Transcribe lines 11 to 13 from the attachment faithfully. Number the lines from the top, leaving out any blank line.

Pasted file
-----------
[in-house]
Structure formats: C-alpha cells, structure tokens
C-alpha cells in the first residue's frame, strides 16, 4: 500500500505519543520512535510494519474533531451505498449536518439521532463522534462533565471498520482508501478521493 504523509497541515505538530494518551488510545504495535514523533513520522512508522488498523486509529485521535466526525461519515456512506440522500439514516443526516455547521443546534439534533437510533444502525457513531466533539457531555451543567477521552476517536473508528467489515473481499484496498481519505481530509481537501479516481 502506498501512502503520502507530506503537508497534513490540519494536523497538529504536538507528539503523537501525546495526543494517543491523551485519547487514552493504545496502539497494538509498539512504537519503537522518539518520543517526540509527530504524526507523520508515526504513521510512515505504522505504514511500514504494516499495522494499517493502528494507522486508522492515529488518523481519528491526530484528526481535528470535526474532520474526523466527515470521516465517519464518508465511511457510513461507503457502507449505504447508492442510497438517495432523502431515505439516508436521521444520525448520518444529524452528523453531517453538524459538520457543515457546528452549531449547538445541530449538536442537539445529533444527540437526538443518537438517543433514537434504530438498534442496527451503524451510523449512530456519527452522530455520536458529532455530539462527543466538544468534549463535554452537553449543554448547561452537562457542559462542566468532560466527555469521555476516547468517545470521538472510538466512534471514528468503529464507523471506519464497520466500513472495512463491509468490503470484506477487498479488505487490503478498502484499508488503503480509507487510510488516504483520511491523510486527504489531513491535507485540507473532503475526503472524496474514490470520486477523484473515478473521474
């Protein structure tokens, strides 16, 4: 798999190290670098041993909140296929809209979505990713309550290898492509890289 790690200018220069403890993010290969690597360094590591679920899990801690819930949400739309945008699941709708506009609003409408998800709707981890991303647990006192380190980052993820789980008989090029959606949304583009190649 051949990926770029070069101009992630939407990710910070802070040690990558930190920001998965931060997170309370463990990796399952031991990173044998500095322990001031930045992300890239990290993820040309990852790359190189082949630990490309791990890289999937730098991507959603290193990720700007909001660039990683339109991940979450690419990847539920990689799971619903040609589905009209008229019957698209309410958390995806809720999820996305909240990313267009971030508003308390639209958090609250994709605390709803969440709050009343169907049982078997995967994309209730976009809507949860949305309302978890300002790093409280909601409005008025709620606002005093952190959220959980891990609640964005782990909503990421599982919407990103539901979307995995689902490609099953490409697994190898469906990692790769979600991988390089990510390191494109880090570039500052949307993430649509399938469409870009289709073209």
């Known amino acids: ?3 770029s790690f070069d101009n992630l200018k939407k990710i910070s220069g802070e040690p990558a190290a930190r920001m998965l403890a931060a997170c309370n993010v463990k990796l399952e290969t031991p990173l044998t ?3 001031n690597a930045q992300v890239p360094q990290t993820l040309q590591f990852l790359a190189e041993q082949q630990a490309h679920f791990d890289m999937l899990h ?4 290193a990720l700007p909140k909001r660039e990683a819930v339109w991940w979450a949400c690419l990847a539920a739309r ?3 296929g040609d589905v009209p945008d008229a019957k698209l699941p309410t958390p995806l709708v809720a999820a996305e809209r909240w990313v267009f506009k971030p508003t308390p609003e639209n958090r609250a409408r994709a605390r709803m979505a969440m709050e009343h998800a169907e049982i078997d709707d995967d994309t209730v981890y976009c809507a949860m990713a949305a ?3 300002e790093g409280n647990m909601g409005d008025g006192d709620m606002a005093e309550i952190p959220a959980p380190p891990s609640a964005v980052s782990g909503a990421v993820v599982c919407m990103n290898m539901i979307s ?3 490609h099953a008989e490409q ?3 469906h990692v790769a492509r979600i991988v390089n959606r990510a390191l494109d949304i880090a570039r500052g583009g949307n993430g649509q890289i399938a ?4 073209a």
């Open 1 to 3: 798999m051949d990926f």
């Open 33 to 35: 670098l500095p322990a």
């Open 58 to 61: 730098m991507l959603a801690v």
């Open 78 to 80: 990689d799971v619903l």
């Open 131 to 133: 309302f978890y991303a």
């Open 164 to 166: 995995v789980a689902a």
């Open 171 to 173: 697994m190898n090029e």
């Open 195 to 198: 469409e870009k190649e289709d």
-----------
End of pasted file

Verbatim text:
């Open 164 to 166: 995995v789980a689902a």
């Open 171 to 173: 697994m190898n090029e």
């Open 195 to 198: 469409e870009k190649e289709d």